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Settlement negotiations near multi-billion dollar conclusion in drug lawsuits

Settlement negotiations near multi-billion dollar conclusion in drug lawsuits


Prescription narcotics, from left, morphine sulfate, OxyContin and Opana. Several Wyoming cities have filed lawsuits against the manufacturers of prescription painkillers.

Negotiations by a handful of prescription drug distributors to settle hundreds of lawsuits related to the opioid crisis are nearing a conclusion, with “tens of billions” of dollars being discussed, a Wyoming attorney said.

Several Wyoming cities and entities — including Casper, Cheyenne and the two Wind River Reservation tribes — have all filed federal lawsuits against more than a dozen companies tied to the opioid crisis. In all, more than 2,000 counties, cities, states, tribes and towns have sued a group of companies all tied to the crisis.

Last month, the most prominent defendant in those cases, OxyContin giant Purdue Pharma, announced it had reached a $3 billion settlement that included the company filing for bankruptcy.

That settlement marked the first in what will likely be a wave of such agreements. On Friday, Jackson attorney Jason Ochs — who represents most of the Wyoming entities in those federal lawsuits — told the Star-Tribune that the hundreds of cities, counties and states suing the drug companies are nearing a settlement with three defendants. The defendants are all drug distributors. They are McKesson, Johnson & Johnson and Teva.

The distributors were named in the lawsuits because they “share(d) the responsibility for controlling the availability of prescription opioids.” The suits broadly accused the two dozen defendants of misrepresenting the risks of opioids and of marketing them aggressively despite research suggesting they were highly addictive.

The companies had previously denied any wrongdoing.

Ochs said there may be a deal struck between the two sides by Monday, when an Ohio judge is set to oversee the beginning of the first opioid lawsuits.

“(T)ens of billions are being discussed,” Ochs said in an email, “and I do think there is a change (though less than 50/50) it could resolve before opening statements on Monday.”

Asked if the settlement could be a multi-year deal, as Purdue’s was, Ochs said it was a possibility but that the situation was too fluid to say for sure.

The Guardian reported Friday that jury selection for the trials was completed earlier this week. The judge overseeing the sprawling federal litigation, which includes the Wyoming cases, summoned executives for the drug companies and was moving between rooms of attorneys as he worked to hammer out a deal, according to the Guardian.

The settlement may be as high as $50 billion, according to the outlet. If the three companies settle, there will still more than a dozen plaintiffs attached to the suits, including drug manufacturers and big pharmacies like Walgreens and Walmart.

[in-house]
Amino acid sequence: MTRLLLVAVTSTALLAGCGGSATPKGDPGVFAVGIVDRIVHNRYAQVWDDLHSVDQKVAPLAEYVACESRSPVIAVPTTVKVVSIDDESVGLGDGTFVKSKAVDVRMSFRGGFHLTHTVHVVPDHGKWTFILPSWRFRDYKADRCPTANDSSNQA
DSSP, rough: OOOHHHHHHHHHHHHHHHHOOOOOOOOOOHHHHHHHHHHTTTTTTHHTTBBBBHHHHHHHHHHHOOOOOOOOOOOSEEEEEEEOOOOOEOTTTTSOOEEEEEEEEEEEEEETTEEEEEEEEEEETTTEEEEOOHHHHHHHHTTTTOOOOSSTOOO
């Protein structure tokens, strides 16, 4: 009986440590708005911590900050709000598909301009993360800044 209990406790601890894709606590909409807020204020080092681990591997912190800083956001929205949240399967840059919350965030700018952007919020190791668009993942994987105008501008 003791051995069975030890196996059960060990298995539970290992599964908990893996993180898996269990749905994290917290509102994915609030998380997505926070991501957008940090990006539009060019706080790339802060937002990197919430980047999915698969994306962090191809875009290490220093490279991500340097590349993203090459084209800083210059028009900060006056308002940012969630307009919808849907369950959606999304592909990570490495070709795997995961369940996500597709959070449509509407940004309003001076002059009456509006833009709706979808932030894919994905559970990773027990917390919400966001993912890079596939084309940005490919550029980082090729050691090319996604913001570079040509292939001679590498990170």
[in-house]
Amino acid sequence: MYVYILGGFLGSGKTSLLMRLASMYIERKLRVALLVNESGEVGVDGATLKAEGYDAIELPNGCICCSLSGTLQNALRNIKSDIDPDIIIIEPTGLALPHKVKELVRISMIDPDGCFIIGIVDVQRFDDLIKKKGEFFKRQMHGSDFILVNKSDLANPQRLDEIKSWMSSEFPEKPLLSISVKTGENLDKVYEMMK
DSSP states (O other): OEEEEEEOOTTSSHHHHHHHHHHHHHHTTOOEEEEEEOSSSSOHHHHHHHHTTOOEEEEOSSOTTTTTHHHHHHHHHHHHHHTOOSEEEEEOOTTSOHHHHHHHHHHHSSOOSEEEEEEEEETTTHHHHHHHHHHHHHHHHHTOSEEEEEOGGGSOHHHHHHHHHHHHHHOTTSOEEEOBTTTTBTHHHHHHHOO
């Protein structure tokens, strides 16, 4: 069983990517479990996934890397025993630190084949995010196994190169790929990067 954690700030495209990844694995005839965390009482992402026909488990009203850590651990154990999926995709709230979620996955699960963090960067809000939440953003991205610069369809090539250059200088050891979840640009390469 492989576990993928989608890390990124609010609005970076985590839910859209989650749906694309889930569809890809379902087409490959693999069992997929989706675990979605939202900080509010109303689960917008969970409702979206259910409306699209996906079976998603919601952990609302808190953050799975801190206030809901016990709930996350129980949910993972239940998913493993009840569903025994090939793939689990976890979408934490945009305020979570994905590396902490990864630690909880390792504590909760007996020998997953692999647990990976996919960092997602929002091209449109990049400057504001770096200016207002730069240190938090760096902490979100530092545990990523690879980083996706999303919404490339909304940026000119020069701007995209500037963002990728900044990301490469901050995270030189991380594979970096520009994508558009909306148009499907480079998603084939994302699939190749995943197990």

Meanwhile, the Wyoming attorney general is still suing Purdue in state court. But the future of that litigation is unclear. As part of its settlement, Purdue is seeking bankruptcy protection. Last month, it filed a notice of bankruptcy with the Laramie County court overseeing the lawsuit. That filing seeks an automatic stay on the litigation.

Richard Mincer, Purdue’s Wyoming attorney, did not return messages left earlier this week. A spokeswoman for the company declined to comment. Wyoming Attorney General Bridget Hill did not return a message seeking comment sent Friday. She previously declined to comment about whether the state would seek its own settlement from Purdue.

Hill is one of several state attorneys general still trying to hold Purdue accountable, only to be stymied by the company’s bankruptcy. Last week, a bankruptcy judge in New York paused dozens of lawsuits against the company and its owners, the Sackler family. The Washington Post reported last week that the judge is halting the litigation for only three weeks, during which time the attorneys general will seek more financial information about the Sacklers, who are named as defendants in many suits.

Wyoming’s lawsuit, however, lists only Purdue as a defendant; it doesn’t include the Sacklers or any of the other companies that are defendants in the federal cases.


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Education and Health Reporter

Seth Klamann joined the Star-Tribune in 2016 and covers education and health. A 2015 graduate of the University of Missouri and proud Kansas City native, Seth worked for newspapers in Milwaukee and Omaha before coming to Casper.

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